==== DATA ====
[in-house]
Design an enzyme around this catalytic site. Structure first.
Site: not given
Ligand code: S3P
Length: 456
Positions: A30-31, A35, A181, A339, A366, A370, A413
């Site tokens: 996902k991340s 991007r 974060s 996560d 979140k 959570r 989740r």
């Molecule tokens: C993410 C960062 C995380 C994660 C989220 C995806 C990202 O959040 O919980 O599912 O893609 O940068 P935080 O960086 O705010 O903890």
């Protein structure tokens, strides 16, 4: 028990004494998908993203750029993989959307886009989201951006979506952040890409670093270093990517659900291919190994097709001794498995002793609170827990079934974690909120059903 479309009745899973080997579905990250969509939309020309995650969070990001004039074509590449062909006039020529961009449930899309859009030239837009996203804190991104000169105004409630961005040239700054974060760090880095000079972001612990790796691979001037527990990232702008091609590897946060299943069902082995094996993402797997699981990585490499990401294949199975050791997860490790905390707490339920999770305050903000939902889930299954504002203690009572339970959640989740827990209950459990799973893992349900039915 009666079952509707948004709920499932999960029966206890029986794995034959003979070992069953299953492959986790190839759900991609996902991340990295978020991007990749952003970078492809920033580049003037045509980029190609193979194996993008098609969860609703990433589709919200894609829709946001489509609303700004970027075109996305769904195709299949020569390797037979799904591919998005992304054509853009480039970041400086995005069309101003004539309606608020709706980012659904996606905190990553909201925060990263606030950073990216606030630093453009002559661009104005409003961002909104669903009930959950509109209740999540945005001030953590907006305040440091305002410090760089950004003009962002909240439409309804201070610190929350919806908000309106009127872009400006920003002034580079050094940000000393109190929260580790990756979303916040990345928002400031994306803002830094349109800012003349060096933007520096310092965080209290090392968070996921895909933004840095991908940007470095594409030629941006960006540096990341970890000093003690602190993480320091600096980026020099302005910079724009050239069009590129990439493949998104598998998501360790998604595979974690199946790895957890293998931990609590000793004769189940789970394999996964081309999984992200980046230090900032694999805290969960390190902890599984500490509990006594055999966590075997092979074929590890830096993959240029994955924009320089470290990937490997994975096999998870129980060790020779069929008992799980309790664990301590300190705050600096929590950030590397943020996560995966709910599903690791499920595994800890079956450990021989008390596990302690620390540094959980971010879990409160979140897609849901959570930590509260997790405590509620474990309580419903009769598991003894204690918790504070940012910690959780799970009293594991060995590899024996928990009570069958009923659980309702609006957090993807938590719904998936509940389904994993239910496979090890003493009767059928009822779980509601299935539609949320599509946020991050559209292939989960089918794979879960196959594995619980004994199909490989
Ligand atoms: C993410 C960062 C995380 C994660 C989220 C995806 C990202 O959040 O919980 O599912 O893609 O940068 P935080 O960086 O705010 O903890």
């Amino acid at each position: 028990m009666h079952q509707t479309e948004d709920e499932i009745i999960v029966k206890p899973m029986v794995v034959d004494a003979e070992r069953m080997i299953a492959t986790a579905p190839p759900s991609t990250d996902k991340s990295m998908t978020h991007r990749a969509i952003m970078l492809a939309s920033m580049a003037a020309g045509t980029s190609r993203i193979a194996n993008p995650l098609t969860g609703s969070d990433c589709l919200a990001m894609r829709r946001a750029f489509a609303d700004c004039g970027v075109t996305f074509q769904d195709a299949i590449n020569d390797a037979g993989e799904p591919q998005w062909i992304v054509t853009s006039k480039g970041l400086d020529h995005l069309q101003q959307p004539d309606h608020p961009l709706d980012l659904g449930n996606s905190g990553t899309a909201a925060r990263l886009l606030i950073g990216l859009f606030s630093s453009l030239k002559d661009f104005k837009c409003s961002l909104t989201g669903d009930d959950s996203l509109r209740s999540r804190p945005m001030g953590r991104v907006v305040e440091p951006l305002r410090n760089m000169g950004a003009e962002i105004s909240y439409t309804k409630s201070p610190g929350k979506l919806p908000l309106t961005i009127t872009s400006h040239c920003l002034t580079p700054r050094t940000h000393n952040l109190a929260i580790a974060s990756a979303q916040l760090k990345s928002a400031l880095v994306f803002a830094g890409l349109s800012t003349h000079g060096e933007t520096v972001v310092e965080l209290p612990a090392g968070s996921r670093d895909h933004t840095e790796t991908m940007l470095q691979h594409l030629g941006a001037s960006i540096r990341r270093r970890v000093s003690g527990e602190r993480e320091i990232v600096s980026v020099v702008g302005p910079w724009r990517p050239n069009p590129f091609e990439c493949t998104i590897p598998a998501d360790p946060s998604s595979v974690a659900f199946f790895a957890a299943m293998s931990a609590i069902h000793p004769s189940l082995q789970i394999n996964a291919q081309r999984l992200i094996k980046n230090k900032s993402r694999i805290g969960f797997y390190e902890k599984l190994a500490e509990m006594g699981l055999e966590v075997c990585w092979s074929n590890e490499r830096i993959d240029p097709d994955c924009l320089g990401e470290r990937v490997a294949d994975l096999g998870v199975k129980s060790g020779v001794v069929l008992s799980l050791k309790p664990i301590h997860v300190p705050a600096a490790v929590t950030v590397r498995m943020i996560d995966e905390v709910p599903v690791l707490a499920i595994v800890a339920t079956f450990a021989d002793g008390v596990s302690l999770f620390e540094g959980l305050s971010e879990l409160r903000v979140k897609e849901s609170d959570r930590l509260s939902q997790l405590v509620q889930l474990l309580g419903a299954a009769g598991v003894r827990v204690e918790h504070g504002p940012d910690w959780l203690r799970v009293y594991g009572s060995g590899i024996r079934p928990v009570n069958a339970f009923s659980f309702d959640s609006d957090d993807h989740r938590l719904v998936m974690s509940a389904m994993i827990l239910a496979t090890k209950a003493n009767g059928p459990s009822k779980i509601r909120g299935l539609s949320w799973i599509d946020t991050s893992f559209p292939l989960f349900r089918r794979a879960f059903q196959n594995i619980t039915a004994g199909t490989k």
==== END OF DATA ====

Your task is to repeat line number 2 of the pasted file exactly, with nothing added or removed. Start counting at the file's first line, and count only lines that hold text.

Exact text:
Design an enzyme around this catalytic site. Structure first.